Unhealthy Foods: Why We Do We Keep Eating?

(Webinar length: 1hr 37m)

Overview: 

One of the biggest current concerns in the food industry is the impact of products high in sugars, fats or salt on consumer health. Despite widely acknowledged links to a diet high in such products to adverse health outcomes, such products remain popular. Why do we have preferences for foods that are clearly maladaptive?

This webinar shows how “unhealthy” food ingredients exert control over what we want to eat. In addition, it considers the question of whether low calorie foods are the answer to this problem and whether dieting can ever ultimately be successful. Recent research that questions the basis of sugar and fat substitutes will be discussed, as is research on ways of reducing “unhealthy” ingredients without loss of food pleasure. What are the limits of what consumers will tolerate in sugar or salt reduced foods and how can this be effectively measured? Finally, issues of how external factors such as labels can be used to promote acceptance of “diet” foods are discussed.

Learning objectives:

  • Identify the consumer characteristics associated with consumption of high energy and high salt foods
  • Understand how learning to like foods produces cues that stimulate eating
  • Understand the reasons why both restricting specific foods and low energy alternative are a bad idea
  • View alternative methods of energy or salt reduction based on an understanding of multisensory   perception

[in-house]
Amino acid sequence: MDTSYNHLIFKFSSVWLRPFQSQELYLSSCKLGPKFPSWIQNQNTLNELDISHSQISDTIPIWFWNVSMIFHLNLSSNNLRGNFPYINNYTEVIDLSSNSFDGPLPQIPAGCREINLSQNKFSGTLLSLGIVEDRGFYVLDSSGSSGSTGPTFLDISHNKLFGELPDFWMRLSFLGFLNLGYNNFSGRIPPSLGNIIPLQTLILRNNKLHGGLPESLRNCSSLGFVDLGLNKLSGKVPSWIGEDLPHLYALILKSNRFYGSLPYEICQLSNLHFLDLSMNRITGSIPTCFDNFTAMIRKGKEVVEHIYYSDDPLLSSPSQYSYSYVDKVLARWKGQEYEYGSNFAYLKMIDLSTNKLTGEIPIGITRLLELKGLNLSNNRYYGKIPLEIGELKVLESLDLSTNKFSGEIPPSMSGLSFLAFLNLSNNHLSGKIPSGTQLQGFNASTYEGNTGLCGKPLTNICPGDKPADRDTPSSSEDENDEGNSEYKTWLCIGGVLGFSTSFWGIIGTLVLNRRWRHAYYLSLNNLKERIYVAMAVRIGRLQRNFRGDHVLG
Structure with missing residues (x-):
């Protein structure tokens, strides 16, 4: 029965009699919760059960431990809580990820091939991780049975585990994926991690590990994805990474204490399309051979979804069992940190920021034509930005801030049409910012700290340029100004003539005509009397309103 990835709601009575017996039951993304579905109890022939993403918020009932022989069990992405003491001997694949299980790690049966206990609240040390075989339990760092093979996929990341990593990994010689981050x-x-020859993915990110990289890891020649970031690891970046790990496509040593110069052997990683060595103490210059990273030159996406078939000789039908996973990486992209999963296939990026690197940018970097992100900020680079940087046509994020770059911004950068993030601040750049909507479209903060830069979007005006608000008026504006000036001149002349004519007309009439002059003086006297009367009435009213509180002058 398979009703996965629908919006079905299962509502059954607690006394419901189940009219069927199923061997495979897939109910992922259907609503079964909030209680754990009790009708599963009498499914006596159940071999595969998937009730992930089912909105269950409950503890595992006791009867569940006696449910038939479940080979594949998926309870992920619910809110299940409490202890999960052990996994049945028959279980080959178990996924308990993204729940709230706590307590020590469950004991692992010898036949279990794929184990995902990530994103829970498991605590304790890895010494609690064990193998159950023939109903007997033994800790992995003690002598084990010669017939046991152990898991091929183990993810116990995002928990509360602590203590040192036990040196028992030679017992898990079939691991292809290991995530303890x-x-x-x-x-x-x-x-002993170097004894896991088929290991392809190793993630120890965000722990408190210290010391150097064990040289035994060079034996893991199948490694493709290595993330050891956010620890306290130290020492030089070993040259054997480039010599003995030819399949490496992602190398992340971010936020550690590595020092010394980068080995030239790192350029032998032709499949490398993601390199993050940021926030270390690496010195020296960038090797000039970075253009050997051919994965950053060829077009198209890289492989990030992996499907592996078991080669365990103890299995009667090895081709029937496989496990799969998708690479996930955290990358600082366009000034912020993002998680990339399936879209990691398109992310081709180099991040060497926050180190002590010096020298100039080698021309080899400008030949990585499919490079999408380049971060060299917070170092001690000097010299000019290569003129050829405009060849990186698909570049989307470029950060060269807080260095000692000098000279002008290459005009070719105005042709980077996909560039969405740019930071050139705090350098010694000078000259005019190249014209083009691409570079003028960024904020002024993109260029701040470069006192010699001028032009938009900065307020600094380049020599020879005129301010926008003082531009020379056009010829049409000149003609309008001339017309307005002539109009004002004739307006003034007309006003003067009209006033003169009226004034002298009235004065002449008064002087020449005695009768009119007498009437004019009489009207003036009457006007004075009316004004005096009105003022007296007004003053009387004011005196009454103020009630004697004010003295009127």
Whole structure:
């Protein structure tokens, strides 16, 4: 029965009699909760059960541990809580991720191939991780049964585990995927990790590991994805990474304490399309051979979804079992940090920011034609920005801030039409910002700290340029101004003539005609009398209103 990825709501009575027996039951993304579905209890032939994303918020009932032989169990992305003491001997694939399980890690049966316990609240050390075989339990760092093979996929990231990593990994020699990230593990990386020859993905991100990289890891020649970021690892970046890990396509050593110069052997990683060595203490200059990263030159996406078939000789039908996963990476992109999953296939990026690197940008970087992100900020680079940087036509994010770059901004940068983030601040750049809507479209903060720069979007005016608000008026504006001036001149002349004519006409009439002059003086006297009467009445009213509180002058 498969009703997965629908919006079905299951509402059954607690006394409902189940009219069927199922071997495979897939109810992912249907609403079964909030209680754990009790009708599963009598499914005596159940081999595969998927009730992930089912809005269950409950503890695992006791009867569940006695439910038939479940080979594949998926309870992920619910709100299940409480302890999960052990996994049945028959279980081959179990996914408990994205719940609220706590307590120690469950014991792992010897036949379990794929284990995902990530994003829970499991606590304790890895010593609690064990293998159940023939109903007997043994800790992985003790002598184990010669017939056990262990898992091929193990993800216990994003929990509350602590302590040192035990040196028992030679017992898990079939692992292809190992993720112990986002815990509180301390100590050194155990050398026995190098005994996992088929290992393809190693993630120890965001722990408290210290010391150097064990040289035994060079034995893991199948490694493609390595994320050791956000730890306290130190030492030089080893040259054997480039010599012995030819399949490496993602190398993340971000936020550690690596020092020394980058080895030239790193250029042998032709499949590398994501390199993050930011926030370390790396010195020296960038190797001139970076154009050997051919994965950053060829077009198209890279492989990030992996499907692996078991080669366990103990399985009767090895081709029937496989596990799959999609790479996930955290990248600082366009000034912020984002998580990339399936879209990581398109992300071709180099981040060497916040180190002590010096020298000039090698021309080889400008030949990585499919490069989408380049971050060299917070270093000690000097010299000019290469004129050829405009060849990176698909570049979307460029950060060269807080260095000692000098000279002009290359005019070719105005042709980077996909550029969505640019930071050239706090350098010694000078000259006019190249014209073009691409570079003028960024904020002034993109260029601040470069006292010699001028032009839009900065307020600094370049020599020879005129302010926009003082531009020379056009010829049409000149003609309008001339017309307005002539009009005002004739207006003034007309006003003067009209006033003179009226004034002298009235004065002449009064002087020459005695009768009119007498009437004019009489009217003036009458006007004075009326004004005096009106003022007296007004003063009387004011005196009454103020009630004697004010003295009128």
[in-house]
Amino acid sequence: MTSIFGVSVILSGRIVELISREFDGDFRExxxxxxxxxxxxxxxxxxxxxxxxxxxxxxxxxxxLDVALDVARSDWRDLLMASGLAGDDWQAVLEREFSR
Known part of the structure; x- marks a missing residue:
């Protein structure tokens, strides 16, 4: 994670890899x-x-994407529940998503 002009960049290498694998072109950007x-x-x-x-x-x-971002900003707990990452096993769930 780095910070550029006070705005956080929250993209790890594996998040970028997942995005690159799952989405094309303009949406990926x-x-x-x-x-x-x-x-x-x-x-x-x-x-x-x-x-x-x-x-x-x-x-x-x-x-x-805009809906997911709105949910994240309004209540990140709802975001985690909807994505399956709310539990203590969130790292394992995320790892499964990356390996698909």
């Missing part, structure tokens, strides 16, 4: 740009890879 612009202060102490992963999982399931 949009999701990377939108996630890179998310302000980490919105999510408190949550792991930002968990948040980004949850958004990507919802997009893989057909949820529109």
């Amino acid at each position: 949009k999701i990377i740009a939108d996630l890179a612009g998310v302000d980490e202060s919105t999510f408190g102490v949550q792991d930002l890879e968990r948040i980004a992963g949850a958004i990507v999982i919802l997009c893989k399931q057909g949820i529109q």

• Learn about a sensory technique to quantify consumer tolerances for ingredient reductions in foods 

Who will benefit from this webinar:

  • Product Development Scientists
  • R&D Managers
  • Sensory Evaluation Professionals
  • Marketing Research Managers
  • Nutritionist Professionals

Presenter--Dr. John Prescott

Dr. Prescott is director of TasteMatters Research & Consulting, and author of the recently published book Taste Matters. Why We Like The Foods We Do. (Reaktion Books, London). He was previously a professor in psychology at universities in Australia, and director of the Sensory Science Research Centre (University of Otago, New Zealand) and Sensory Research Centre (CSIRO, Australia). He received his doctorate from the University of New South Wales, Australia.

He has authored more than 90 scientific publications on topics such as genetic variations in taste perception, cross-cultural food perceptions and preferences, flavour perception, food preferences, and odour learning and memory. He is past President and Secretary of the Australaian Association for Chemosensory Science, an executive editor of the journal Chemosensory Perception, and editor of the pre-eminent journal for applied sensory science, Food Quality and Preference. Further biographical details are available via Linkedin or www.taste-matters.org.

  • Item #: 0313dUnhealthy
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